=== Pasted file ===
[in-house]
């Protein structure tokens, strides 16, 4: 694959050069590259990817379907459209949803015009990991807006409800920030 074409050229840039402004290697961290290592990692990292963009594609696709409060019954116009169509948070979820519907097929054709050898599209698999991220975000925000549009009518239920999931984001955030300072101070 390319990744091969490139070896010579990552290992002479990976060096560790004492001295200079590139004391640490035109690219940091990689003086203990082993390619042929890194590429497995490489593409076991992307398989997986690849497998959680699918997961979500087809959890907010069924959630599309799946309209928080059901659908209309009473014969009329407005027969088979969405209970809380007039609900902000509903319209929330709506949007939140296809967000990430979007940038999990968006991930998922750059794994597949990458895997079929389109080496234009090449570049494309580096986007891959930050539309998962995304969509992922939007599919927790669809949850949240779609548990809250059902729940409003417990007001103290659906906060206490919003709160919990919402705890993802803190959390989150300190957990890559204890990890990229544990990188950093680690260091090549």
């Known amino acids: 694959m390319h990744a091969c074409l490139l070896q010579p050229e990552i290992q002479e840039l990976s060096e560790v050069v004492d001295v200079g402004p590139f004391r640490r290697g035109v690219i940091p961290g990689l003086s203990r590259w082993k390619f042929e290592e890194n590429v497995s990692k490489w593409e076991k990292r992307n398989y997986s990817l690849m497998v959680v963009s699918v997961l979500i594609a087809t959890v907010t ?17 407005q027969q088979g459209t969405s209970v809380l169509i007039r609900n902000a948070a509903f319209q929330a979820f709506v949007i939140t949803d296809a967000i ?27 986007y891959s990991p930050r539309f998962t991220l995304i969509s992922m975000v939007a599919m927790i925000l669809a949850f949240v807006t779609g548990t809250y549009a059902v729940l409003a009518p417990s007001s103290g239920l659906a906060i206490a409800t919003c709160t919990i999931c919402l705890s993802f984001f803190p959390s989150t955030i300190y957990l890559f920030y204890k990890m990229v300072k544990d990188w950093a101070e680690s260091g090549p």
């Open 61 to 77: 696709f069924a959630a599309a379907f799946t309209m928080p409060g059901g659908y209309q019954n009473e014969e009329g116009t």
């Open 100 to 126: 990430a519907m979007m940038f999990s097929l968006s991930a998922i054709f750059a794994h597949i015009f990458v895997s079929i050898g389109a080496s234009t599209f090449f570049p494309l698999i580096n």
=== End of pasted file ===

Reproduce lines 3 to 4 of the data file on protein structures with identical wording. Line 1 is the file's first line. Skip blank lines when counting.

């Known amino acids: 694959m390319h990744a091969c074409l490139l070896q010579p050229e990552i290992q002479e840039l990976s060096e560790v050069v004492d001295v200079g402004p590139f004391r640490r290697g035109v690219i940091p961290g990689l003086s203990r590259w082993k390619f042929e290592e890194n590429v497995s990692k490489w593409e076991k990292r992307n398989y997986s990817l690849m497998v959680v963009s699918v997961l979500i594609a087809t959890v907010t ?17 407005q027969q088979g459209t969405s209970v809380l169509i007039r609900n902000a948070a509903f319209q929330a979820f709506v949007i939140t949803d296809a967000i ?27 986007y891959s990991p930050r539309f998962t991220l995304i969509s992922m975000v939007a599919m927790i925000l669809a949850f949240v807006t779609g548990t809250y549009a059902v729940l409003a009518p417990s007001s103290g239920l659906a906060i206490a409800t919003c709160t919990i999931c919402l705890s993802f984001f803190p959390s989150t955030i300190y957990l890559f920030y204890k990890m990229v300072k544990d990188w950093a101070e680690s260091g090549p």
């Open 61 to 77: 696709f069924a959630a599309a379907f799946t309209m928080p409060g059901g659908y209309q019954n009473e014969e009329g116009t």